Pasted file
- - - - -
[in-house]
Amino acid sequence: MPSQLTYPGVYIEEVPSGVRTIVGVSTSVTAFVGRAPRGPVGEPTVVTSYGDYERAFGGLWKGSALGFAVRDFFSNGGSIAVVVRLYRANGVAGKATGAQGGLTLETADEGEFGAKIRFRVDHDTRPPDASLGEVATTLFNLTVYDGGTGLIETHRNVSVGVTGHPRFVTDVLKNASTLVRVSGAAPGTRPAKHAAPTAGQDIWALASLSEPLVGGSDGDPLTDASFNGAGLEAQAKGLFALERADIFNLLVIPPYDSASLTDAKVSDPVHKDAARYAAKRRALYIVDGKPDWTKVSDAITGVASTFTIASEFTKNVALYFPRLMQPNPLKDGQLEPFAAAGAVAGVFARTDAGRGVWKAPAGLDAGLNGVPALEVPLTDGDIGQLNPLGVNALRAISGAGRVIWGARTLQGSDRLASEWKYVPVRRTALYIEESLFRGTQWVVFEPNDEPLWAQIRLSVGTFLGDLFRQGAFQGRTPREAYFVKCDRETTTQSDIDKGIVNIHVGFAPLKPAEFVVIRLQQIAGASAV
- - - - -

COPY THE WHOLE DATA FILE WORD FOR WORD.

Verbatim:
[in-house]
Amino acid sequence: MPSQLTYPGVYIEEVPSGVRTIVGVSTSVTAFVGRAPRGPVGEPTVVTSYGDYERAFGGLWKGSALGFAVRDFFSNGGSIAVVVRLYRANGVAGKATGAQGGLTLETADEGEFGAKIRFRVDHDTRPPDASLGEVATTLFNLTVYDGGTGLIETHRNVSVGVTGHPRFVTDVLKNASTLVRVSGAAPGTRPAKHAAPTAGQDIWALASLSEPLVGGSDGDPLTDASFNGAGLEAQAKGLFALERADIFNLLVIPPYDSASLTDAKVSDPVHKDAARYAAKRRALYIVDGKPDWTKVSDAITGVASTFTIASEFTKNVALYFPRLMQPNPLKDGQLEPFAAAGAVAGVFARTDAGRGVWKAPAGLDAGLNGVPALEVPLTDGDIGQLNPLGVNALRAISGAGRVIWGARTLQGSDRLASEWKYVPVRRTALYIEESLFRGTQWVVFEPNDEPLWAQIRLSVGTFLGDLFRQGAFQGRTPREAYFVKCDRETTTQSDIDKGIVNIHVGFAPLKPAEFVVIRLQQIAGASAV